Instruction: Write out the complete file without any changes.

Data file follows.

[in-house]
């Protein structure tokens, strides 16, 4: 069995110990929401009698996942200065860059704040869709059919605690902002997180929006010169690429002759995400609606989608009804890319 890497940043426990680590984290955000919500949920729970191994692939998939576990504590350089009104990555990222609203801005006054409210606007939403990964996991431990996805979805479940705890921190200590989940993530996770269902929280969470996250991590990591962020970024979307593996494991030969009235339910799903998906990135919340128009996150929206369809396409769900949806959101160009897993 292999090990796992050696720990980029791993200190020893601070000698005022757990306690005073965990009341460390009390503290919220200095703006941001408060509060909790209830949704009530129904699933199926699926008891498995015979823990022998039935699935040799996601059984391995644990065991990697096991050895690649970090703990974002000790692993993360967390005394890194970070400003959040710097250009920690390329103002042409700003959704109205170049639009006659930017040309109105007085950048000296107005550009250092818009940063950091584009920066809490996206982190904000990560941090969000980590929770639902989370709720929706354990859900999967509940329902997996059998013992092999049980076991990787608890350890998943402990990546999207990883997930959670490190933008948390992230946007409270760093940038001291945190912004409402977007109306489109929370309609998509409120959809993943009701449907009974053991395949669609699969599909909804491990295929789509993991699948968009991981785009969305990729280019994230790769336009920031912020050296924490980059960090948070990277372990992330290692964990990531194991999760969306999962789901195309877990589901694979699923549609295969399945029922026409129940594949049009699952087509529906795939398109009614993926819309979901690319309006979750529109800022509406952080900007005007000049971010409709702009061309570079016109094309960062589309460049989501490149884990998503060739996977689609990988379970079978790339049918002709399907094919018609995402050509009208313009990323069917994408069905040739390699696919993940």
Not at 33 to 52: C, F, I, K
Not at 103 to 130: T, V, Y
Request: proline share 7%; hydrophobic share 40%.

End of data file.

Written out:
[in-house]
């Protein structure tokens, strides 16, 4: 069995110990929401009698996942200065860059704040869709059919605690902002997180929006010169690429002759995400609606989608009804890319 890497940043426990680590984290955000919500949920729970191994692939998939576990504590350089009104990555990222609203801005006054409210606007939403990964996991431990996805979805479940705890921190200590989940993530996770269902929280969470996250991590990591962020970024979307593996494991030969009235339910799903998906990135919340128009996150929206369809396409769900949806959101160009897993 292999090990796992050696720990980029791993200190020893601070000698005022757990306690005073965990009341460390009390503290919220200095703006941001408060509060909790209830949704009530129904699933199926699926008891498995015979823990022998039935699935040799996601059984391995644990065991990697096991050895690649970090703990974002000790692993993360967390005394890194970070400003959040710097250009920690390329103002042409700003959704109205170049639009006659930017040309109105007085950048000296107005550009250092818009940063950091584009920066809490996206982190904000990560941090969000980590929770639902989370709720929706354990859900999967509940329902997996059998013992092999049980076991990787608890350890998943402990990546999207990883997930959670490190933008948390992230946007409270760093940038001291945190912004409402977007109306489109929370309609998509409120959809993943009701449907009974053991395949669609699969599909909804491990295929789509993991699948968009991981785009969305990729280019994230790769336009920031912020050296924490980059960090948070990277372990992330290692964990990531194991999760969306999962789901195309877990589901694979699923549609295969399945029922026409129940594949049009699952087509529906795939398109009614993926819309979901690319309006979750529109800022509406952080900007005007000049971010409709702009061309570079016109094309960062589309460049989501490149884990998503060739996977689609990988379970079978790339049918002709399907094919018609995402050509009208313009990323069917994408069905040739390699696919993940």
Not at 33 to 52: C, F, I, K
Not at 103 to 130: T, V, Y
Request: proline share 7%; hydrophobic share 40%.